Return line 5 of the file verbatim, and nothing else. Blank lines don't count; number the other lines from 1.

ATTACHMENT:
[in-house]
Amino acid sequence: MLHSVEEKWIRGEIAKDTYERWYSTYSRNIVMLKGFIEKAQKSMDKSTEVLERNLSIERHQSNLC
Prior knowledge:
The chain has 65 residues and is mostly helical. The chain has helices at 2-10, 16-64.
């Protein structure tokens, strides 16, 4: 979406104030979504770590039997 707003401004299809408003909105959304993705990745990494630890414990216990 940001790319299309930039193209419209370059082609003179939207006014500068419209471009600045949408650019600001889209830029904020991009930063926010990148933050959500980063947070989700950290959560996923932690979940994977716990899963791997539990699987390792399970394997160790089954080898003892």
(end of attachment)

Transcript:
């Protein structure tokens, strides 16, 4: 979406104030979504770590039997 707003401004299809408003909105959304993705990745990494630890414990216990 940001790319299309930039193209419209370059082609003179939207006014500068419209471009600045949408650019600001889209830029904020991009930063926010990148933050959500980063947070989700950290959560996923932690979940994977716990899963791997539990699987390792399970394997160790089954080898003892």